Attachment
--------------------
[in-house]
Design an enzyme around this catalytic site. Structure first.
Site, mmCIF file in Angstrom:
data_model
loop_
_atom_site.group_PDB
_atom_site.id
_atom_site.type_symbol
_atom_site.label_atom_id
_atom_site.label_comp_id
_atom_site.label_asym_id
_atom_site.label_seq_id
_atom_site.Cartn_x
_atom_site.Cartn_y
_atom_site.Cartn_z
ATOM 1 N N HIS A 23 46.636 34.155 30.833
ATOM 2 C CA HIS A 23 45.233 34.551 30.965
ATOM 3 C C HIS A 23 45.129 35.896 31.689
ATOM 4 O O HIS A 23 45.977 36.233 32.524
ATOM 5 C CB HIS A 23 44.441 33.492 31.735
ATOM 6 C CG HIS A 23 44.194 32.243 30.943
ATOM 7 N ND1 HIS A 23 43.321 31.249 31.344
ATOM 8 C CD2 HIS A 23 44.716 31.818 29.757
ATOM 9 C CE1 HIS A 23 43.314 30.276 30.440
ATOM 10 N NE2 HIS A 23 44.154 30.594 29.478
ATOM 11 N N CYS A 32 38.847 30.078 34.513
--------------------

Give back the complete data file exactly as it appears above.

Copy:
[in-house]
Design an enzyme around this catalytic site. Structure first.
Site, mmCIF file in Angstrom:
data_model
loop_
_atom_site.group_PDB
_atom_site.id
_atom_site.type_symbol
_atom_site.label_atom_id
_atom_site.label_comp_id
_atom_site.label_asym_id
_atom_site.label_seq_id
_atom_site.Cartn_x
_atom_site.Cartn_y
_atom_site.Cartn_z
ATOM 1 N N HIS A 23 46.636 34.155 30.833
ATOM 2 C CA HIS A 23 45.233 34.551 30.965
ATOM 3 C C HIS A 23 45.129 35.896 31.689
ATOM 4 O O HIS A 23 45.977 36.233 32.524
ATOM 5 C CB HIS A 23 44.441 33.492 31.735
ATOM 6 C CG HIS A 23 44.194 32.243 30.943
ATOM 7 N ND1 HIS A 23 43.321 31.249 31.344
ATOM 8 C CD2 HIS A 23 44.716 31.818 29.757
ATOM 9 C CE1 HIS A 23 43.314 30.276 30.440
ATOM 10 N NE2 HIS A 23 44.154 30.594 29.478
ATOM 11 N N CYS A 32 38.847 30.078 34.513